Daler was a currency used in the Nordics during the 17th and 18th century. Silver and copper coins were used, both of which had a different value that changed over time. Generally speaking, we can say that one silver coin was worth around three copper coins. Later, rigsdaler was introduced which had a value equal to six daler silver coins.
The oldest son of Fredrik Axel, Hans Axel, was an especially interesting character. He spent a significant part of his life abroad. The consequences of his foreign life might have played a crucial role in some of the events in French history. Hans Axel was romantically involved with the Queen of France Marie Antoinette. After the French revolution, she and her husband, former King of France Louis XVI, planned to escape the country. Hans Axel von Fersen was the one who organised and financially supported the escape.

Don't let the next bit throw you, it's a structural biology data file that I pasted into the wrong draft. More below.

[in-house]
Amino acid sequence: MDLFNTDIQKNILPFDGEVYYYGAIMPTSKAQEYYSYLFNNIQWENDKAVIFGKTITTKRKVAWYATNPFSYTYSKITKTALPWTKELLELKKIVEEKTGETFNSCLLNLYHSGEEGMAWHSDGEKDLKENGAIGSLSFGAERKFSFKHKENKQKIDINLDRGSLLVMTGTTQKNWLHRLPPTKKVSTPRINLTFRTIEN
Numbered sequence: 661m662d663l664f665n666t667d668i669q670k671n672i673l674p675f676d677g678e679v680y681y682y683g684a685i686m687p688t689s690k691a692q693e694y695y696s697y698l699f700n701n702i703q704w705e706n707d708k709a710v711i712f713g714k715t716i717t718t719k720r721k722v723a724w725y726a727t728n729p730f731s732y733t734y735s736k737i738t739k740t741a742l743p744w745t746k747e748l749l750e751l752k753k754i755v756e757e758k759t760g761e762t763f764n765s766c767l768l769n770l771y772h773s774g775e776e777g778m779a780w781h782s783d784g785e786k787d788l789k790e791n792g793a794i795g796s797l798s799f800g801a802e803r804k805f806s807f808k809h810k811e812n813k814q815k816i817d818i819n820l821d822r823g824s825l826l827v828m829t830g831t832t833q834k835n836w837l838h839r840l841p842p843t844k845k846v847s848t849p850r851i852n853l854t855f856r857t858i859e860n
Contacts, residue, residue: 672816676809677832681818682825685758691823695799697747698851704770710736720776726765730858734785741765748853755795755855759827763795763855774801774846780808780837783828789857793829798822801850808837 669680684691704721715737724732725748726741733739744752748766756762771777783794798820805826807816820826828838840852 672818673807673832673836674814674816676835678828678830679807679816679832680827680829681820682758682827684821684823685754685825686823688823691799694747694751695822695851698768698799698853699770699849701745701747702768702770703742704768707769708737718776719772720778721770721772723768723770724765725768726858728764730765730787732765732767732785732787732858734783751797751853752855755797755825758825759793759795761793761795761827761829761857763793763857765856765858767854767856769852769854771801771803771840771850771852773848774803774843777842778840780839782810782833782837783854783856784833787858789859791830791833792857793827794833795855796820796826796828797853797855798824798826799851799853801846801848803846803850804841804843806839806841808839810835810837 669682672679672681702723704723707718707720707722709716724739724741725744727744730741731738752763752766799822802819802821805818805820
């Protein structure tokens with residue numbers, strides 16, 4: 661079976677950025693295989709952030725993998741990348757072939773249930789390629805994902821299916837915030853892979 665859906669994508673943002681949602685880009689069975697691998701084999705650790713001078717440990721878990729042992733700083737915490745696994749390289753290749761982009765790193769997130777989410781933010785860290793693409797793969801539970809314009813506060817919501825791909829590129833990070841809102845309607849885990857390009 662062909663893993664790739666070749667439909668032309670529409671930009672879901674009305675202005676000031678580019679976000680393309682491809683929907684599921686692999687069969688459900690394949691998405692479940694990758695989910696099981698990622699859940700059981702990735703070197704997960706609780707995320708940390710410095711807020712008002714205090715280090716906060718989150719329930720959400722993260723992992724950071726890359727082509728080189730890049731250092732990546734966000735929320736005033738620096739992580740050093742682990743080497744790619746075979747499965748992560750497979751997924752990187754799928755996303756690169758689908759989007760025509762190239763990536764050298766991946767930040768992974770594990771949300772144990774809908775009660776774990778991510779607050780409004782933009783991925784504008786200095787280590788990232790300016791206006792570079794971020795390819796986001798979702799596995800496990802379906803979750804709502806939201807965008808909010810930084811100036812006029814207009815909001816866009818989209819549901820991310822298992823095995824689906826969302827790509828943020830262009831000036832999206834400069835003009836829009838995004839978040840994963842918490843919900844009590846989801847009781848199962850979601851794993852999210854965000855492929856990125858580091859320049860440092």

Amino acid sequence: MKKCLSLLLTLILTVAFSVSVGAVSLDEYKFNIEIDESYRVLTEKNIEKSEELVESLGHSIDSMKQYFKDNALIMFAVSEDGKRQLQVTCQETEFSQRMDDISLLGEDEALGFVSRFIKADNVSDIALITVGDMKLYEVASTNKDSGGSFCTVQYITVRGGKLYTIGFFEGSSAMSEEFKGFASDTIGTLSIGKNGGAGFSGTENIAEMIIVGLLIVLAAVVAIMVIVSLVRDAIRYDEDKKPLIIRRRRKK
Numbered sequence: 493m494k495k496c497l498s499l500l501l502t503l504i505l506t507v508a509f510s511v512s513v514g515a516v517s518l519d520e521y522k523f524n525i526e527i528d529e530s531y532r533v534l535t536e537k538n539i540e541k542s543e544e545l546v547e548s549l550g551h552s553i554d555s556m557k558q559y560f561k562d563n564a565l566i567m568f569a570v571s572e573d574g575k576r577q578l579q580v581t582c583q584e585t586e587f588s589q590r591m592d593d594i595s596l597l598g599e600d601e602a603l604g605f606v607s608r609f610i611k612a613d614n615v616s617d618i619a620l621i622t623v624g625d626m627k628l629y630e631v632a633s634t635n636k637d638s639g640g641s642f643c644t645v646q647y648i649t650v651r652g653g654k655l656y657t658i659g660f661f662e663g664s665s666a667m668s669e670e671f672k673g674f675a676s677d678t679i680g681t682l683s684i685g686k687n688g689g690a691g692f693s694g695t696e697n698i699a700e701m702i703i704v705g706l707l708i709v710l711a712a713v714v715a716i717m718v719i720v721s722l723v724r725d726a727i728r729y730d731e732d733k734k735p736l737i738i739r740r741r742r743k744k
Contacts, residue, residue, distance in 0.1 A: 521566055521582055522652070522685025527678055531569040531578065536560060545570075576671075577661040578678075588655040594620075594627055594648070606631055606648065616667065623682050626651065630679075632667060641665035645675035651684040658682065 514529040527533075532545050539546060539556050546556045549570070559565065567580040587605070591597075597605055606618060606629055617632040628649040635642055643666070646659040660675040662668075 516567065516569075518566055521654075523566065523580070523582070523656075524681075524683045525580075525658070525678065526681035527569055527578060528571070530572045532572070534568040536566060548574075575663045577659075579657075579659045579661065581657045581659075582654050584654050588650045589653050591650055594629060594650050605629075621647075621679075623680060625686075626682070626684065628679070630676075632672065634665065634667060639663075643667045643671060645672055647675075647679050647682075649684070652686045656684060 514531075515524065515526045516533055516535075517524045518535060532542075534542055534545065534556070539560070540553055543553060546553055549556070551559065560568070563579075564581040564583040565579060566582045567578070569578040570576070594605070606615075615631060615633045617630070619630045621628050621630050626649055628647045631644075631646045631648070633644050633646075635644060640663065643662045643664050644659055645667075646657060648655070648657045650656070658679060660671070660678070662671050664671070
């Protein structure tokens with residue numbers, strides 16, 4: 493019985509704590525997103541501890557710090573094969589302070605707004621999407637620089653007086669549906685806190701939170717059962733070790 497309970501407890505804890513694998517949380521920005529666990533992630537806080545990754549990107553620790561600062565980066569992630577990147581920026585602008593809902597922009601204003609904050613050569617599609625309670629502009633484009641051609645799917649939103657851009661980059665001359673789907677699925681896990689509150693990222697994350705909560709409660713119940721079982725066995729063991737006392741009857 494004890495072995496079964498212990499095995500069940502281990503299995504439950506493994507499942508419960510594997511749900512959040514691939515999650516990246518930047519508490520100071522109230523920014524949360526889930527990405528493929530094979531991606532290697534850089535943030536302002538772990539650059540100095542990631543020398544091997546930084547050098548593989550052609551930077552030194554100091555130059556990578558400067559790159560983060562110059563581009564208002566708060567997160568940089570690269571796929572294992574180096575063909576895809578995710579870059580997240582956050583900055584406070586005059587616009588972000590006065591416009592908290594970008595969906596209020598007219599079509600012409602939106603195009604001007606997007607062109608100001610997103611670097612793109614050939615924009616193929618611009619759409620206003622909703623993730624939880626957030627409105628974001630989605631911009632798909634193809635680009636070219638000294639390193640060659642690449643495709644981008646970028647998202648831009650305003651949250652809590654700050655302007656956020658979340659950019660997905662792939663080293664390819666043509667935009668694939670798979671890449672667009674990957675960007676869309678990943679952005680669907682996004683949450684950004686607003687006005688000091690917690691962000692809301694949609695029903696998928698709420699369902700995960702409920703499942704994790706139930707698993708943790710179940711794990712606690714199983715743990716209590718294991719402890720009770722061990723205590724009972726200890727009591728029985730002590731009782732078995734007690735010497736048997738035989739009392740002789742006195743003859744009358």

However, things did not go well and the former royal pair never managed to escape France, ending up executed in Paris on 16 October 1793. Hans Axel then returned to Sweden but has not stayed long because he “could not stand the small-town conditions.” After working as Gustav IV Adolf’s ambassador in Frankfurt for a couple of years, he finally returned to Stockholm for good because he considered the palace on Blasieholmen his only true home.
Both Hans Axel and his sister Eva Sophie von Fersen (married Piper) living in the palace were very influential figures in Stockholm. The von Fersens stayed loyal to Gustav IV Adolf even after he had been ousted from the throne. That likely cost Hans Axel his life only a year after King Charles XIII acquired power as he was killed under somewhat unclear circumstances in front of the Bonde Palace (Bondeska Palatset) in the Old Town (Gamla Stan).